Welcome back to my sites after a nice 12 hour outage. I went with twelve instead of twenty-four (like Wikipedia) since there’s a fine line for my technical chops, and changing that at the last minute would have been complicated. Also I said from day one I was doing 12, and I did 12.
I picked my time to have my fansite, Jorja Fox: Online (and it’s neighbors YTDaW and RizzlesCon which I webadmin only) because CSI was new on Wednesday, and the impact of not being able to talk about the new episode all day would cause some people to implode.
So what happened? We found out exactly how uneducated people are.
The magical herpderpedia has been retweeting people’s moronitude all day. It’ll make you cry with their ignorance. (By the way, if you read Wikidpedia’s page on the 18th, you’d have see what was going on and why. But apparently reading was too much for people trying to get information from Wikipedia…)
Members of Congress, many of whom are grappling with the issues posed by the explosion in new media and social web sites, appeared caught off guard by the backlash to what had been a relatively obscure piece of legislation to many of them.
That’s a quote. That is a mother freaking quote from The New York Times.
And that is a huge factor in what’s wrong here. People are making laws without understanding what they mean, who them impact, or what they do. And you, you people, are voting these idiots in, and not paying attention to what these laws mean for you. Read the fine material. Educate yourself as to what’s going on, and then educate your congressmonkey.
So here’s the thing. It’s not over. Blacking out sites was not to ‘teach congress a lesson,’ at least not for me. It was to teach you. Now the majority of the ‘yous’ reading this already know what’s up and know SOPA/PIPA and their ilk are dangerous, poorly written, and a horrible idea. Then there’s the non-geeks who, up until last week, had no idea. And it’s not their fault.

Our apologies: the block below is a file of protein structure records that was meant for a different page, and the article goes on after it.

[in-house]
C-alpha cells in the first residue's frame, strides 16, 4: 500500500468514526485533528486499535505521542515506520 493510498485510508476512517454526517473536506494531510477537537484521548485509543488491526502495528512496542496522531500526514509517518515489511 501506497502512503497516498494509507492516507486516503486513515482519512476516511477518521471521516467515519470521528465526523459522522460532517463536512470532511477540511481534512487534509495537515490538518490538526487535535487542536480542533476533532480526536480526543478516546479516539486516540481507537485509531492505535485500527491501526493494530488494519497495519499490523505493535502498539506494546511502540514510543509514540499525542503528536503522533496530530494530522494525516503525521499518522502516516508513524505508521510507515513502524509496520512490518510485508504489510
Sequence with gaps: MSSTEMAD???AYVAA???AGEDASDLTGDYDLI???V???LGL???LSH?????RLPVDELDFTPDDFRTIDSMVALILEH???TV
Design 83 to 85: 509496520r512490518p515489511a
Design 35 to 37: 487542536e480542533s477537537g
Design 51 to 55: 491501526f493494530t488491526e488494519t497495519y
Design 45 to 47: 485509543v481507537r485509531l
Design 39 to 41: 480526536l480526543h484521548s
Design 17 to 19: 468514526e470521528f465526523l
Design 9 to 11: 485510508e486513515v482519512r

See, the media did a great job not covering this. They couldn’t. Their bosses are for it! They say ‘Oh this will just stop thieves.’ and everyone says “That’s great! I don’t want my article on monkey loving to be copied!” You know, I hate plagiarism, copyright violations, and theft the same as everyone else. I’ve been ‘stolen’ from more times than I can count. I support the idea behind these bills. Stop stealing shit!
But I protest, with ever fiber of my being, the way the bills are crafted. They’re too dangerous, to powerful, and they ask me to trust a government that put the TSA in charge of my travel. The TSA hasn’t caught a single terrorist by the way. All this will do is make better criminals of us all.
When even BabyNameWizard could be shut down according to those bills, it’s a problem:
But I’m sure you can see that it’s literally impossible for us to review every comment users make on tens of thousands of pages. And even if we did, how could we be 100% certain that a user’s musings about Nicole Richie in comments on a NameCandy blog post weren’t copied from some old gossip magazine?